Work force studies find scattered physician shortages

New studies help shape the picture of which physicians are needed where.

By Myrle Croasdale — Posted Aug. 14, 2006

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In Massachusetts, there is a shortage of family physicians, internal medicine specialists and psychiatrists for the first time. Nationwide, there is a shortage of child and adolescent psychiatrists, with rural areas reporting the greatest shortfalls.


Primary care physicians are in short supply in Massachusetts, and several specialties there are having an increasingly difficult time retaining doctors, according to a new Massachusetts Medical Society work force study.

MMS has monitored the state's physician work force for five years, with the 2006 evaluation noting severe to critical shortages, for the first time, in family medicine, psychiatry and internal medicine.

"The shortage of primary care physicians is especially disturbing," MMS President Kenneth R. Peelle, MD, said in a statement. "The results of these studies should carry a strong message to health care officials and policy-makers alike: It is imperative that we improve the practice environment for our physicians."

Anesthesiology and neurosurgery remain stressed, according to the "2006 Physician Workforce Study," with severe to critical shortages noted for the fifth consecutive year. Gastroenterology, orthopedics, general surgery and radiology had severe to critical shortages for the fourth time. Meanwhile, cardiology moved out of the severe to critical category for the first time since the study began.

"It's ironic and troubling that in a state known for its leadership in health care, the physician work force is so much under stress," Dr. Peelle said. "We need to improve the viability of our physician practices, improve our recruitment and retention, and reduce the shortages in key specialties."

The MMS 2006 study found community hospitals were feeling the deficit most keenly, with 92% of them reporting recruiting problems overall and 54% of them reporting shortages of family physicians.

Others also were feeling the pinch, with 65% of the state's practicing physicians reporting problems filling physician vacancies in their practices and 67% of teaching hospitals reporting recruiting problems.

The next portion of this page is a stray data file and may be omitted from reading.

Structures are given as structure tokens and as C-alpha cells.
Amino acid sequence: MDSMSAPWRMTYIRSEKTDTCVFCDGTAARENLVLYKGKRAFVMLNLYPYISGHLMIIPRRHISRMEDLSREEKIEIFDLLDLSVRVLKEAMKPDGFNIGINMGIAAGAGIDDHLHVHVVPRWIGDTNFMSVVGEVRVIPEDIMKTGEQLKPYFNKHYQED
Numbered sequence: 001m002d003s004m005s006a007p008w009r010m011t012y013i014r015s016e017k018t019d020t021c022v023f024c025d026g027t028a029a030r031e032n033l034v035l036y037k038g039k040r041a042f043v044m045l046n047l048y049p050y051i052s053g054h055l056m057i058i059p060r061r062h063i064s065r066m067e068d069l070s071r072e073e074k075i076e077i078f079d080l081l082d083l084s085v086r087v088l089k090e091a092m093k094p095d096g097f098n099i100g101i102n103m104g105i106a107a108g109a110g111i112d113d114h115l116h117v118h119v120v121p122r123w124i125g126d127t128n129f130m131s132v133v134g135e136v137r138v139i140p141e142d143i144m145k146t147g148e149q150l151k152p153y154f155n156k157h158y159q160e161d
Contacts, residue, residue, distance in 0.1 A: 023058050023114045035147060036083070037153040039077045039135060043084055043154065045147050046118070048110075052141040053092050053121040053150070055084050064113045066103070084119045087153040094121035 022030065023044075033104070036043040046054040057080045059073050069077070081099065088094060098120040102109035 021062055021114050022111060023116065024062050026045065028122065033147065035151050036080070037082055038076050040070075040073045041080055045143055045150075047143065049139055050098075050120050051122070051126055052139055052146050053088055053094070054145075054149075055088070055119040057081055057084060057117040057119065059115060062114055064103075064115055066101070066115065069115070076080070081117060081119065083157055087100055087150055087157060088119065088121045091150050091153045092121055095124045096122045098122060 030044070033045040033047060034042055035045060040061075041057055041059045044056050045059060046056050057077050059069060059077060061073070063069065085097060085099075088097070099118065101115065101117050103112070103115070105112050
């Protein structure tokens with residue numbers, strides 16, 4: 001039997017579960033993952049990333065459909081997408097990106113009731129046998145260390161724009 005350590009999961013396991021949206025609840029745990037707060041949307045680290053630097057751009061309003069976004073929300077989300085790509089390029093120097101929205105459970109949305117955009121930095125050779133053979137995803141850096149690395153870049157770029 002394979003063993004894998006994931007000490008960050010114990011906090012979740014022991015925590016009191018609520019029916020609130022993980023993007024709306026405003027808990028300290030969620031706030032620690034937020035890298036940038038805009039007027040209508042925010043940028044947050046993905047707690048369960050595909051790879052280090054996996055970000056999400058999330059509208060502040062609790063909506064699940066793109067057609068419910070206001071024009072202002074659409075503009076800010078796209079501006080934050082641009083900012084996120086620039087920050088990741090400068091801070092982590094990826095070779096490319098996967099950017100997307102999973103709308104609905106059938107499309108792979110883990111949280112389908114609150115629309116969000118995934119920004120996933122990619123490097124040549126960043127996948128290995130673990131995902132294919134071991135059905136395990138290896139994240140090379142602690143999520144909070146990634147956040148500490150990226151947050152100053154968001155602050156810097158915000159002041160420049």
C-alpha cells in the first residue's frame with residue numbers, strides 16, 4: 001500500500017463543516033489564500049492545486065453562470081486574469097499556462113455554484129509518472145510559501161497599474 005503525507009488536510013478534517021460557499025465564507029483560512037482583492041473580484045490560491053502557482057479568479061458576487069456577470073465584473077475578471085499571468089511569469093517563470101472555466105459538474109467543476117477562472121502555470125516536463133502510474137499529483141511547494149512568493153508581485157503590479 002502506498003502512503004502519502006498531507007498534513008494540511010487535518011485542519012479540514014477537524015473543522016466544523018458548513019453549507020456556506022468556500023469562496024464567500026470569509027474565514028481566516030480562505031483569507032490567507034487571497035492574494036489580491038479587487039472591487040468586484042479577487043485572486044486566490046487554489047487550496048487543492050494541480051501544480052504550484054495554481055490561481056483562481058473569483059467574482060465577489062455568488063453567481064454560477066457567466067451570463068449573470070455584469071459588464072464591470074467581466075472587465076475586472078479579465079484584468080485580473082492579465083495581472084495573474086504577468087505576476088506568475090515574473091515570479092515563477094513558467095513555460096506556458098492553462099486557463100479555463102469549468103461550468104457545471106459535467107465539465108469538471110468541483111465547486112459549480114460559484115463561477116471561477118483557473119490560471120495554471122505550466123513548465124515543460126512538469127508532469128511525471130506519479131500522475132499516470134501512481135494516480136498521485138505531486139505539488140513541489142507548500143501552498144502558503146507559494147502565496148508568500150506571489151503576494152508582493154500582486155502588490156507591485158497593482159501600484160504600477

Access to care also was a concern, according to the report. Existing patients waited an average of 15 days for an office visit and new patients waited an average 26 days.

Child and adolescent psychiatrists

A new study in the Journal of the American Academy of Child & Adolescent Psychiatry shows that the national shortage of child and adolescent psychiatrists hits poor children and adolescents living in rural areas the hardest. With little relief in sight, the study's authors recommend that use of telepsychiatry be expanded and that primary care offices offer more mental health services. At the same time, recruitment efforts need to be improved and training opportunities expanded, the authors said.

There is no definitive number on how many psychiatrists are enough, but one managed care model estimates 14.38 child and adolescent psychiatrists per 100,000 youth would be ideal. Only six states meet or exceed that standard: Connecticut, Hawaii, Maryland, Massachusetts, New York and Rhode Island. Five states, Alaska, Alabama, Nevada, Oklahoma and Wyoming, have fewer than four child and adolescent psychiatrists per 100,000 youth, the study said.

According to the study, 35 states fall below the national average of 8.67 child and adolescent psychiatrists per 100,000 children and adolescents. Some 190 metropolitan counties -- those encompassing cities or metropolitan areas -- do not have a child and adolescent psychiatrist.

At the same time, one in five youths are likely to develop a mental disorder; children living in poverty are at an even higher risk for mental disorders.

The overall number of these physicians is expected to increase gradually. However, a growing population and a doubling in demand may leave patients in 2020 with the same access to care that was available in 1995, the study shows.

The research, scheduled to appear in the journal's September issue, is available in an online advance publication (link).

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